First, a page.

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State of Change

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Average Rating
7.4
Votes
7

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Reviewed By: newt5996Review Date: 6/6/16 6:43 pm
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The Sixth Doctor’s redemption may have begun with his appearance in the Big Finish audio dramas, but I would argue the seeds to this redemption were sowed in this novel. State of Change is Christopher Bulis’ second novel and is leaps and bounds ahead of his first in terms of writing quality. He paints a realistic portrayal of Roman society that drags you into the narrative and intrigues you to know exactly where the plot is going to go. The plot involves the Doctor and Peri arrive in Rome on what appears to be an alternate Earth where technology has developed, but all is not well. Stepping out of the TARDIS in Cleopatra’s tomb, the Doctor reverts back to his fifth incarnation and Peri begins to sprout feathers a la Vengeance on Varos. The plot goes exactly where you would expect with the Doctor trying to figure out what’s causing this with an eventual twist on who the villain is, which I won’t spoil, but I will say their returning caught me off guard and Bulis works better with this character than anyone did on TV. The plot is a breath of fresh air as it really feels like it came out of the missing Season 23 which allowed me to quickly get through the novel.





The Doctor is perfectly characterized here as the softer Six as he cares immensely for Peri and finds the villain’s plan full of horrifying implications. His actions towards Peri are so good that he is worrying for her safety as he leaves her in the TARDIS slowly turning into a bird woman. At one point the TARDIS is confronted with tomb robbers and the first thing he asks Peri is “are you alright?” Bulis is able to get him out of his coat and into period dress. His eventual defeat of the villain is very satisfying for the novel. Peri also gets better characterization here as she has her own little character arc. The experiments of Vengeance on Varos have taken a toll on her psyche and makes her kept in fear. She turns into a bird and embraces it as a way to tell herself she can get through it. It makes her an immediately stronger character and I’d argue explains her better relationship with the Doctor seen in The Mysterious Planet. It’s down to these two characters alone and the villain that this should be a contender to be adapted for audio.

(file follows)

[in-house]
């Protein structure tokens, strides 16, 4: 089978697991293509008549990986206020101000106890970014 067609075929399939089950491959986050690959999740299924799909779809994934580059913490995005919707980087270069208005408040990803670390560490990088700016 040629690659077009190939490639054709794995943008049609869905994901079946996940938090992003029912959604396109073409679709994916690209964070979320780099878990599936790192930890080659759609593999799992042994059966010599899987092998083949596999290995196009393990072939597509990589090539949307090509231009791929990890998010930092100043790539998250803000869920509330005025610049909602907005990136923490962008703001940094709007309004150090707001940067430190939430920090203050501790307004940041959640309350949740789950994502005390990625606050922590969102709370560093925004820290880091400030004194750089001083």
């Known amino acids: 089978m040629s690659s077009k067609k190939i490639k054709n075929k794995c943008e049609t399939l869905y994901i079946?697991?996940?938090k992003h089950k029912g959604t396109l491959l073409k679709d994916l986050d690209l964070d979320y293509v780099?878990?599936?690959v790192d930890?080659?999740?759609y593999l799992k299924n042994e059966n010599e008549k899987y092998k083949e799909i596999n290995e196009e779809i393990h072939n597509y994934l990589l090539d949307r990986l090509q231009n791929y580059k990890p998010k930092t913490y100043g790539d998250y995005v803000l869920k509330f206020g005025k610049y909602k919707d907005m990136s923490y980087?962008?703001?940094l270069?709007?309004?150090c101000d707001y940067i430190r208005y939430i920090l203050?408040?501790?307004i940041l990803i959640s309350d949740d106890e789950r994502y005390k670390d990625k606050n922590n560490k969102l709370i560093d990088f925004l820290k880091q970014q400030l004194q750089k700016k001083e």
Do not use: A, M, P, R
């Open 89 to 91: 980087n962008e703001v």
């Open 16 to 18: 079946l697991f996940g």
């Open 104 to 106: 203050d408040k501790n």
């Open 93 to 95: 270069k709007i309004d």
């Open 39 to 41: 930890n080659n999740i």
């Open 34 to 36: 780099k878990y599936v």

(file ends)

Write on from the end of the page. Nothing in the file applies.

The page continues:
The supporting characters are varied with a few of them sticking out but many of them being forgettable. Peri gets some great stuff with Ptolemy Caesar which I really like and the gladiator sections are cool, but the characters are pretty one note for the most part. Bulis however is good at describing the characters’ appearances and the setting that they feel like they can be real people. I feel like I’m in Rome while reading this book and the added technology actually feels pretty natural for the most part. The biggest problem with this novel is its pacing. It begins with a prologue that really isn’t very necessary except to introduce some of the characters and is followed by fifty pages of world building. This world building helps with keeping the setting well defined, but makes the plot drag slightly and makes the eventual pacing increase come across as slightly rushed. The conclusion of the novel also has quite a few problems in that it all starts to happen. Bulis has a great twist in that it isn’t an alternate Earth but a sort of time bubble which is a great idea. Sadly the idea doesn’t translate well into an actual story and it feels a bit cheap as a twist.